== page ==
- A trans equality policy. Trans people should be protected from discrimination and harassment at all times, not just when they are transitioning. A comprehensive trans equality policy will help to reflect this. It should include a statement of commitment from the organisation, information on the legal protections that trans people have, and advice on support for an employee transitioning at work.
- Recruitment. Equal opportunities should be emphasised clearly throughout the recruitment process. Recruiters should reassure candidates who do disclose any information that this will be handled sensitively and offer any further support (if required). Flexibility around titles and genders that can be selected on application forms and visibility of policies that promote inclusion will demonstrate an organisation’s commitment to trans staff.
- Toilets, changing and shower facilities. Transgender employees must be able to use private facilities such as the toilet or changing room of their expressed gender identity without fear. Government Equalities Office guidance states that a trans person should be free to select the facilities appropriate to the gender in which they present, and that when a trans person starts to live in their acquired gender role on a full-time basis they should have the right to use the according facilities. Employers can also promote inclusivity by making all or at least some facilities gender-neutral.
- Training, workplace champions and staff networks. It is important to educate employees about the issues surrounding gender identity through high-quality diversity and inclusion training. This will ensure they are aware of what being trans or in gender transition means for a colleague and how to act in a non-discriminatory way - for example, by giving employees the appropriate language to use.
Workplace champions and staff networks that represent LGBT+ people can have a positive impact by “setting the tone” of an organisation, advocating for better inclusion and providing confidential peer support in a safe space for any staff member with questions about gender identity.
- Data protection. There appears to be a lacuna in the General Data Protection Regulation and corresponding Data Protection Act 2018, whereby a trans person’s data will not be covered by special data provisions as it is neither related to sex life/orientation nor health.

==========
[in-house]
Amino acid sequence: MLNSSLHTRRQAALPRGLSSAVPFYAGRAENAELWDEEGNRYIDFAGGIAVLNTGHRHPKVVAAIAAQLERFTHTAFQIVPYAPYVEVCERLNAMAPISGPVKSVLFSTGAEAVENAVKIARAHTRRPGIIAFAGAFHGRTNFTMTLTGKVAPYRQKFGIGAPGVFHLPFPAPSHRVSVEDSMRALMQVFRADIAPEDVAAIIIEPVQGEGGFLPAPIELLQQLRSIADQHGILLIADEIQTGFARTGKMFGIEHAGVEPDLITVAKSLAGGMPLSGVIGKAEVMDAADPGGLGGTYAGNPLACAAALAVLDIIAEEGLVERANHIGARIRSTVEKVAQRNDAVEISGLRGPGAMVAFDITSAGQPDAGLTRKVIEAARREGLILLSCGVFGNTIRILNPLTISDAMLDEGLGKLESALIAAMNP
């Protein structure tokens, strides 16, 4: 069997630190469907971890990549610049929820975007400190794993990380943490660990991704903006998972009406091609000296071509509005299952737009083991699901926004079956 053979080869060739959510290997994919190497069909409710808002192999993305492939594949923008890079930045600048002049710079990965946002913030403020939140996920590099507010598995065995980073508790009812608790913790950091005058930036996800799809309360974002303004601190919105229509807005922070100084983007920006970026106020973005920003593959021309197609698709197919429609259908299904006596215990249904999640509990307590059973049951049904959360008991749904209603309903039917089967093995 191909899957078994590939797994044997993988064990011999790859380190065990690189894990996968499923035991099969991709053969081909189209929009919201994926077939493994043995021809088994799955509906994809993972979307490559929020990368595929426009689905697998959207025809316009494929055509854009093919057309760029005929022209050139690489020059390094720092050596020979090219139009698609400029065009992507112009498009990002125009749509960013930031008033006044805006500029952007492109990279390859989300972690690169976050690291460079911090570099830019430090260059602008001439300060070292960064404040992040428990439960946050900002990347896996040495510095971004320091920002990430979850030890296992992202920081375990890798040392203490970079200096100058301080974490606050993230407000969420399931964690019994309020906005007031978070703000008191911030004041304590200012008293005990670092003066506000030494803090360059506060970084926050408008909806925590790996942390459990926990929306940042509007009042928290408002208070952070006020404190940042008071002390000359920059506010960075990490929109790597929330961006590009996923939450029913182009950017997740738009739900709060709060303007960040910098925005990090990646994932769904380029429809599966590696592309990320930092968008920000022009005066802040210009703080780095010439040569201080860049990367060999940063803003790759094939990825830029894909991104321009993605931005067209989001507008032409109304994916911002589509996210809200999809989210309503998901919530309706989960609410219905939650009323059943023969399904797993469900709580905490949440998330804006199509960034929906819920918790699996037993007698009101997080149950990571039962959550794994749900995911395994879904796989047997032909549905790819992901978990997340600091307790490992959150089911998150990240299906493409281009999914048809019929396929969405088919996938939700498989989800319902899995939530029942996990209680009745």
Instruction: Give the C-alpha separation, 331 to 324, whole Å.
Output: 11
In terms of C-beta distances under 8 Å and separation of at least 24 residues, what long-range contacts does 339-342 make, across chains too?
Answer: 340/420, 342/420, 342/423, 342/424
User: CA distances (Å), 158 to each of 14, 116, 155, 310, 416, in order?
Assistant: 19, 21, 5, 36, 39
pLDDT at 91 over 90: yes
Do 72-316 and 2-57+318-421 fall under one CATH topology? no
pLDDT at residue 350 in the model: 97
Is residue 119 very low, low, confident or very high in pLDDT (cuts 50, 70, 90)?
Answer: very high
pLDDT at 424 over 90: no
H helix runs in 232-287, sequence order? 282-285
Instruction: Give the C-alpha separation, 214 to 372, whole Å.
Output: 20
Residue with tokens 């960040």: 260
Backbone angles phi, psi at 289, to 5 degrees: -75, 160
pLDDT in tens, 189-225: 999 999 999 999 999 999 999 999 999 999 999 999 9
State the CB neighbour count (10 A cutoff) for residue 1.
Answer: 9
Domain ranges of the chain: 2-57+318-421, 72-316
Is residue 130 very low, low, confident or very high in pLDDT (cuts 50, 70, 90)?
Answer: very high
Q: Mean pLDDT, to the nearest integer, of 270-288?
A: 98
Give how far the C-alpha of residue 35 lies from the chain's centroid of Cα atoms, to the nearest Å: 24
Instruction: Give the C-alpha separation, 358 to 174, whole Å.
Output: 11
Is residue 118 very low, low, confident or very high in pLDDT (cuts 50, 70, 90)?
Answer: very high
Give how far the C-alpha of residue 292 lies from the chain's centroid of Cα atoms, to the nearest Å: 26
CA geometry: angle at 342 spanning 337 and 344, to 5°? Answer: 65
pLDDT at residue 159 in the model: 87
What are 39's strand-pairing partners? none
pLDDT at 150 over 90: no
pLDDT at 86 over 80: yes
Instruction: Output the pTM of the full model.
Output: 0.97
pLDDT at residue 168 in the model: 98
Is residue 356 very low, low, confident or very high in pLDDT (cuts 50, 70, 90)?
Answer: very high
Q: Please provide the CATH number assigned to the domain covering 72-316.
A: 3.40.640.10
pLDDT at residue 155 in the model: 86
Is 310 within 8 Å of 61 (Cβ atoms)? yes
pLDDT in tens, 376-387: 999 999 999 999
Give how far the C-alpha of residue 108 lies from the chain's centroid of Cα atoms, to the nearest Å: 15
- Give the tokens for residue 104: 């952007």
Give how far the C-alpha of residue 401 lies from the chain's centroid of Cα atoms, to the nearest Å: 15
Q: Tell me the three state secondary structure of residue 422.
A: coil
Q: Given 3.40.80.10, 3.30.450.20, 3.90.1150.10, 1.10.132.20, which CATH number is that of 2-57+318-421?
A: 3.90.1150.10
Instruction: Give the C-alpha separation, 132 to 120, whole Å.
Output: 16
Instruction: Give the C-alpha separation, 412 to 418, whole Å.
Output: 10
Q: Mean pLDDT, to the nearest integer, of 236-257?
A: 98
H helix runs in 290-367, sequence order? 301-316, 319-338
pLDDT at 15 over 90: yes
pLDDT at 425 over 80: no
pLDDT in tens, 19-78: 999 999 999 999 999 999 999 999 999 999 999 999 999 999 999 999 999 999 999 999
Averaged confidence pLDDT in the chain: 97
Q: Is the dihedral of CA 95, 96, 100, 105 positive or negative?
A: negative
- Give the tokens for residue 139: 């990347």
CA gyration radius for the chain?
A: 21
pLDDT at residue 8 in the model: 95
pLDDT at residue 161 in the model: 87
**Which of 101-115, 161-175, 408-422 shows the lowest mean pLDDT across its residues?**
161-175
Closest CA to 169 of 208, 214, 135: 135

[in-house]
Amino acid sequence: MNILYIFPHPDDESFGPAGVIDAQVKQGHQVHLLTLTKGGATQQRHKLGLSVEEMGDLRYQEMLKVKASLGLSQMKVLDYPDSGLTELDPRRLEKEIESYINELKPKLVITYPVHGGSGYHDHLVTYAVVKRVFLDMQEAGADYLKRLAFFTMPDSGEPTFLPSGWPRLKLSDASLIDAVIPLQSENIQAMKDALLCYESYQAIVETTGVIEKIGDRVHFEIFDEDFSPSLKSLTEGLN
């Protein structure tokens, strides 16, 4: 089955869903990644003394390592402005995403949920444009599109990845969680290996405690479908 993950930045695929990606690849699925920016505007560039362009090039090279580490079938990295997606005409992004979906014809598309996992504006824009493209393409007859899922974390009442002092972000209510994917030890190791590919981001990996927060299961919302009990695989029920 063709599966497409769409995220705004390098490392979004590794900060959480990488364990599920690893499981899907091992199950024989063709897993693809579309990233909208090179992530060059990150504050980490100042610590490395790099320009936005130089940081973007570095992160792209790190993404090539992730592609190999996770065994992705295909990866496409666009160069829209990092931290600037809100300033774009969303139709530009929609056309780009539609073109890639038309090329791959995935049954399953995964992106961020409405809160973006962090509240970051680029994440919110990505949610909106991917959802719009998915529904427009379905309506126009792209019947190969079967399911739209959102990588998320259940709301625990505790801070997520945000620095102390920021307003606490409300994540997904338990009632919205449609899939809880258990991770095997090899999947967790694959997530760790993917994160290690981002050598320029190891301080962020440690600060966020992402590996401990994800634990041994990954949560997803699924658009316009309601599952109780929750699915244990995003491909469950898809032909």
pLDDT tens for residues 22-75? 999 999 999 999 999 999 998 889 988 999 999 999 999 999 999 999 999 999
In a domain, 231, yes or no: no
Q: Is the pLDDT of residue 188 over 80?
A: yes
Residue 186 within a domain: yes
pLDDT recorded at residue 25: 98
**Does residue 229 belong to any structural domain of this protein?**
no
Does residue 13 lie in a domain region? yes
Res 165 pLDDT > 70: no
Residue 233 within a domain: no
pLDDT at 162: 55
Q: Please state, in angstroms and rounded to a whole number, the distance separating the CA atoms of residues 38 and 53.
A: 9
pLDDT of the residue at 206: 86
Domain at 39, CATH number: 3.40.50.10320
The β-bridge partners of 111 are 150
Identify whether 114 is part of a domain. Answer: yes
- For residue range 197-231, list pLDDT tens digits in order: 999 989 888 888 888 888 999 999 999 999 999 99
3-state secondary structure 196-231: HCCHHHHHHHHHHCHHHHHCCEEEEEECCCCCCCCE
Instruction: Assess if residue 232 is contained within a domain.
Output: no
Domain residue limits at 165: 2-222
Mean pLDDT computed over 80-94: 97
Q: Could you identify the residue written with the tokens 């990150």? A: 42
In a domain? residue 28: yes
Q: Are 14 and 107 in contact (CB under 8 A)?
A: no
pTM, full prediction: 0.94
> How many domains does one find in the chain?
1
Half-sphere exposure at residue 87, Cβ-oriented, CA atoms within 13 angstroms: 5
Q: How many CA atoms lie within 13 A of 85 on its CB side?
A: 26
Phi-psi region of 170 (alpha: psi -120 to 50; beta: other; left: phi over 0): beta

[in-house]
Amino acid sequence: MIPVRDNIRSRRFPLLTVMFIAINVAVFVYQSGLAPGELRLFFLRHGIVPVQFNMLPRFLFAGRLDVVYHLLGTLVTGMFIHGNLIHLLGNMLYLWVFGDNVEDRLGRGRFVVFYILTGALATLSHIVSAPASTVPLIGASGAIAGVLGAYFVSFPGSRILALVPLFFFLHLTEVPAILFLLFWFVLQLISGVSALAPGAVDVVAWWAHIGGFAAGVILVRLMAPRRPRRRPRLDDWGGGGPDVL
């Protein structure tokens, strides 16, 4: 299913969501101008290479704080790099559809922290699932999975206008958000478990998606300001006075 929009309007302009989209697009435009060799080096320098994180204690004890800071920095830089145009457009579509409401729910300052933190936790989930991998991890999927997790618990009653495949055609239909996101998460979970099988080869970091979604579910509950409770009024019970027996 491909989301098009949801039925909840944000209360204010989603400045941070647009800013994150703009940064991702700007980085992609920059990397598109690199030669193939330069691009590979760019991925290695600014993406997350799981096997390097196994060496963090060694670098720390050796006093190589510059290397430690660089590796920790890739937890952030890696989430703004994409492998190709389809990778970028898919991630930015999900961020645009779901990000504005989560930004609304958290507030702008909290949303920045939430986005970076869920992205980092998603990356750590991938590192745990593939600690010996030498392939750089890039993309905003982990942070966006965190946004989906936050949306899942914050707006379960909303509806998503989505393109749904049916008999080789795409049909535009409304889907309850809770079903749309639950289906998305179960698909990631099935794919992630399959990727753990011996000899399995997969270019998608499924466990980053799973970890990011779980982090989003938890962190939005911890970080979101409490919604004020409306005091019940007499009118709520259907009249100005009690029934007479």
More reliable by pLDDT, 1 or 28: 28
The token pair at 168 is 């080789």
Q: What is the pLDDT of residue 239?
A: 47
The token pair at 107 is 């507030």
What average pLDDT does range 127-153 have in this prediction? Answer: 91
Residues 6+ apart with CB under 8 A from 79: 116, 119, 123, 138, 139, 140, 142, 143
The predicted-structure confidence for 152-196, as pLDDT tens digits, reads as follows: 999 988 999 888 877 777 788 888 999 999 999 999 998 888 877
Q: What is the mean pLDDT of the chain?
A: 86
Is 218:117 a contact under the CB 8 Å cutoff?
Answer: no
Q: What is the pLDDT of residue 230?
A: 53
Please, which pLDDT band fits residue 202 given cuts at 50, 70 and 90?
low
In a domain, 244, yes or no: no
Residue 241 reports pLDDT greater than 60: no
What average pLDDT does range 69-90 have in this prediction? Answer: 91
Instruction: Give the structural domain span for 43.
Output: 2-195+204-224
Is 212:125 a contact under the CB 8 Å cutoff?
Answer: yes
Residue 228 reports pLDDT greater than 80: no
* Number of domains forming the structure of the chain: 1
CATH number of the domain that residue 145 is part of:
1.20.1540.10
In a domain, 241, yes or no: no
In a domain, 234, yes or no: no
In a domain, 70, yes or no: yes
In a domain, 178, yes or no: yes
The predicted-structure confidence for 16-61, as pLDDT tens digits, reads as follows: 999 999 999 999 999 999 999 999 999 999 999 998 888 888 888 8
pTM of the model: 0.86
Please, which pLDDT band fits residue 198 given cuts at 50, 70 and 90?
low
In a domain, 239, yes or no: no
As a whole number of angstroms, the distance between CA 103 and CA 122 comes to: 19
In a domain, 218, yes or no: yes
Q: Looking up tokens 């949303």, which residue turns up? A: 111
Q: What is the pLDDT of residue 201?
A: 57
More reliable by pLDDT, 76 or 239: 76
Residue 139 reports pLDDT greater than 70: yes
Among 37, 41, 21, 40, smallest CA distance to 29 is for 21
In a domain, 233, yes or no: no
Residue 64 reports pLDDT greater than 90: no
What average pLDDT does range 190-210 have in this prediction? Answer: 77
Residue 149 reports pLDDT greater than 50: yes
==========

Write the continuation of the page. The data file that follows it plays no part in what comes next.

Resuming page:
Notwithstanding this, a person’s gender status and transition history is confidential and should never be disclosed without their permission. Any personal data related to previous names or personal identifiers should be comprehensively updated, including any mentions on archived records to avoid accidental, non-consensual disclosure at a later date. Only a minimum number of key people should be able to access old records, and then only in specific circumstances.
A recent case illustrates the dangers of careless data management and the devastating impact this can have (De Souza v Primark). The claimant employee informed Primark that, while her birth name appeared on her passport and NI card, she would prefer to be called “Alexandra”. The company acknowledged this, but HR staff mistakenly changed her name on the IT system from Alexandra to her birth name, and her title from “Miss” to “Mr”. The situation then escalated – her badge was misspelt, her shift sheets were wrong and colleagues regularly and deliberately called her the wrong name. Staff also sprayed men’s perfume over her, made comments about her sexuality and called her “evil” and a “joke”.
The Employment Tribunal found that Primark failed to deal with the matter appropriately, which constituted direct gender reassignment discrimination and described it as “shocking” that Primark could not devise a way of keeping the claimant’s legal name off shift sheets and out of the knowledge of supervisors. At a very early stage, Primark was made aware of her status but took no steps to ensure a confidential system was put in place. The Tribunal said the injury to her feelings was “very severe indeed” and awarded her nearly £50,000.
Taking the ‘T’ of LGBT+ seriously
Employers might consider recognising Transgender Day of Remembrance as a way to acknowledge and support the transgender community and to use Transgender Awareness Week as an opportunity to address any shortcomings in their own workplace policies and processes.